MYRTLE BEACH, S.C. (WBTW) — Some South Carolina lawmakers are considering a long-term solution to what they say is a lack of affordable housing.
A proposed bill in the South Carolina House of Representatives would allow counties or municipalities with at least 50,000 residents to impose laws that require that certain portions of new developments be dedicated to affordable housing options or have developers pay into an affordable housing fund instead.
Rep. Joseph Jefferson, Jr., (D-Berkeley County), is one of the bill’s 21 sponsors which includes members from both sides of the aisle.
Jefferson said the bill is one step toward increased regulation that protects renters.
“Many people are just stuck right now not being able to afford where they are,” Jefferson said.
In our region, the bill would give Horry, Florence and Darlington Counties the go-ahead to require affordable housing options that don’t exceed 80% of the median local income.
In Myrtle Beach, rent prices are up nearly 30% since 2019, and Zillow reports home values in the city are up 32% since just last year.
Jefferson said he’s hopeful the House takes up the bill next week, adding that now is the time to push it through.
“There are so many people who are just up and leaving overnight because they just can’t afford it,” Jefferson said. “Now we’re very fortunate that we have more industries coming into the state of South Carolina every day.”
Short term relief is available to qualifying renters in 39 South Carolina counties by SC Housing’s SC Stay Plus program. In Horry County, similar assistance is provided by the Eastern Carolina Housing Organization. Chris Winston, SC Housing spokesperson, said he expects more people to sign up for rental or utility assistance as people look for apartments this spring.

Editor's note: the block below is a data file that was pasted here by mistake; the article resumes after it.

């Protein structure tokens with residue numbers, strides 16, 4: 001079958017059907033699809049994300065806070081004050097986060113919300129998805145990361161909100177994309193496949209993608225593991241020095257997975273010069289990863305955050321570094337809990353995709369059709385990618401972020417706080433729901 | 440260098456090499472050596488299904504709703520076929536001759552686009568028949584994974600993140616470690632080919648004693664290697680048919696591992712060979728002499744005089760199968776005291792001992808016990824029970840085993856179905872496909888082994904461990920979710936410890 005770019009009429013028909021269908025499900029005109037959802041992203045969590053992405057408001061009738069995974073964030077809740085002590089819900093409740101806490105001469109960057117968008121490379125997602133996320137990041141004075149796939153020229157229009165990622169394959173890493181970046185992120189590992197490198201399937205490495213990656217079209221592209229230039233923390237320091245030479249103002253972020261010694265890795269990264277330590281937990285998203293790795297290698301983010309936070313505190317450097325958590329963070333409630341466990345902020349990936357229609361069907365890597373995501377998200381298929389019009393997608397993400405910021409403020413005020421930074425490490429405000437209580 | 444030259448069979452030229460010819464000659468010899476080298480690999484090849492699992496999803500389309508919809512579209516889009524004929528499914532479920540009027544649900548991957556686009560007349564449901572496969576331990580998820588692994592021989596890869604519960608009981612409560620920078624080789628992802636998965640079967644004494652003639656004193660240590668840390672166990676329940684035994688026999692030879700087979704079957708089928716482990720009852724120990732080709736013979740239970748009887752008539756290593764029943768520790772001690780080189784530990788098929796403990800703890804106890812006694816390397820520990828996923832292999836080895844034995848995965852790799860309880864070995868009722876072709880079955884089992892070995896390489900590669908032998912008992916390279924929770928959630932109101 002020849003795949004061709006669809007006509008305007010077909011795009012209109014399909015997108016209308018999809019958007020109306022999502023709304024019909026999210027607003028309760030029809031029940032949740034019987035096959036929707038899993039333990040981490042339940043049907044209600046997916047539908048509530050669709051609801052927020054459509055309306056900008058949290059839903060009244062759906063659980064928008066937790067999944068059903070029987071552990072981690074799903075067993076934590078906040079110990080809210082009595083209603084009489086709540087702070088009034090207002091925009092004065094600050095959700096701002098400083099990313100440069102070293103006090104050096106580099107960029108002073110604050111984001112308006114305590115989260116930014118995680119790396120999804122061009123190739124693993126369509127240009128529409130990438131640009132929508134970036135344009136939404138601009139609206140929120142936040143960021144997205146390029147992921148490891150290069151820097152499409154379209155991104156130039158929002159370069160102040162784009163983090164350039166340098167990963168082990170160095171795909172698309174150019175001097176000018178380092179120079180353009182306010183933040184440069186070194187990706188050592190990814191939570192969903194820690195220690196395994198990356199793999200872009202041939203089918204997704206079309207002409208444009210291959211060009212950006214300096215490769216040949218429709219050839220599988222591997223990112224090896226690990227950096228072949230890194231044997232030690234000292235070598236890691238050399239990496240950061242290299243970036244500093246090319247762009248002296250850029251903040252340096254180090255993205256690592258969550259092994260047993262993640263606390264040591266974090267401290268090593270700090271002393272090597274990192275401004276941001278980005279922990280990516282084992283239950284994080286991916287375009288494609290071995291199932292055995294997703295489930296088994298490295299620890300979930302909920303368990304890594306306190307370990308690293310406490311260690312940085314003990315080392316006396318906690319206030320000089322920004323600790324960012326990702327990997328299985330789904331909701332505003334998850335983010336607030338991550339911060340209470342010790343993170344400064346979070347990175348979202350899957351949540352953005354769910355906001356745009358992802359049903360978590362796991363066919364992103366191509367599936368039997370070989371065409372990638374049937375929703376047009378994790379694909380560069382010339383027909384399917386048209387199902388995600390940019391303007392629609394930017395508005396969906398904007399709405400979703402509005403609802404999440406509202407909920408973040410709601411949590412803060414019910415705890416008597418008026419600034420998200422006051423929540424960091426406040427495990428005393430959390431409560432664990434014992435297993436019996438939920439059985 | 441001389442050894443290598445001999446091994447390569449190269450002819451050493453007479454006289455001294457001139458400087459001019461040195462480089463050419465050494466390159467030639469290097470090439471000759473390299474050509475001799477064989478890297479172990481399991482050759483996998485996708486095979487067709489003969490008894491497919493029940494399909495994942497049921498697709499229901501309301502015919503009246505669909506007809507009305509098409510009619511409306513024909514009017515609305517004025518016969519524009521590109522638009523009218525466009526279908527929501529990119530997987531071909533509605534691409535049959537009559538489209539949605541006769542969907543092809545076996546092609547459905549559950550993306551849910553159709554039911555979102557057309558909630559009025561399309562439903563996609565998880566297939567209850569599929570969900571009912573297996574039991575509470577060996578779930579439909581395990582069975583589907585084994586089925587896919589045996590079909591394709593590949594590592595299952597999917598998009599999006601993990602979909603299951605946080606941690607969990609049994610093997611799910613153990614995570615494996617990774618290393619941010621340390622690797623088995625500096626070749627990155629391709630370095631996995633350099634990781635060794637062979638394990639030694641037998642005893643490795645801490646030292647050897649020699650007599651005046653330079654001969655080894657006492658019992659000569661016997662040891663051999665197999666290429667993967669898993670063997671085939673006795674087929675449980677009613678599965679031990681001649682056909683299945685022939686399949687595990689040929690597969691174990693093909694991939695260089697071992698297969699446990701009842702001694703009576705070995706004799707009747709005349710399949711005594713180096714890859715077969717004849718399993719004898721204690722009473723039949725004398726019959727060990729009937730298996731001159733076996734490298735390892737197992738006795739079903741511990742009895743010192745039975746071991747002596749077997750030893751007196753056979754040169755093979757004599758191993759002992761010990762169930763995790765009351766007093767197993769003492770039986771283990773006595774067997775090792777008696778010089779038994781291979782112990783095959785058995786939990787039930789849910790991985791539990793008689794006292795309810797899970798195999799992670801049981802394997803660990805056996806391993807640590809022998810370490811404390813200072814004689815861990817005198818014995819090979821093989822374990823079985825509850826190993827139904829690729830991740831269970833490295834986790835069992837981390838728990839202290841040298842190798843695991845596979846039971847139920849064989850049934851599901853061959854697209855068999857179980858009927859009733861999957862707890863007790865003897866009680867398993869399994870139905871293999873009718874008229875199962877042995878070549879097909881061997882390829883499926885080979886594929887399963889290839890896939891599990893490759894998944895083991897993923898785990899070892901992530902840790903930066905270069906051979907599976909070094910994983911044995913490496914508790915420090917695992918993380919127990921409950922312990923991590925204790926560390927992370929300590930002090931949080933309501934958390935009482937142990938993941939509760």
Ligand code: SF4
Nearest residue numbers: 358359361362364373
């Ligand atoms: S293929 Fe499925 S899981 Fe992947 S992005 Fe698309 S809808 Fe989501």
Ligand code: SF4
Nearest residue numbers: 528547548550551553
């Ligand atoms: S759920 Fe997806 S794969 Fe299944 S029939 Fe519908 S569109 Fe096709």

“As people’s leases are running out they may be looking for somewhere else to live,” Winston said. “You’re not always able to find somewhere more affordable than where you are now.”
The program still has $156 million in federal funding available, which includes an installment of $65 million coming soon. Winston said the agency has helped more than 20,000 South Carolinians stay in their homes with utilities since its launch in May of 2021.
Winston said some people have turned to the program for additional rounds of assistance as rising housing costs are still pricing some people out of the market.
“There are certainly some people in South Carolina who still need the assistance, who still see their hours impacted by COVID, who’re still missing work, who still have child care issues, who’re living kind of on the edge of homelessness or housing instability who need that assistance,” Winston said.
Qualifying homeowners can also get assistance from SC Housing with the South Carolina Homeowner Rescue Program.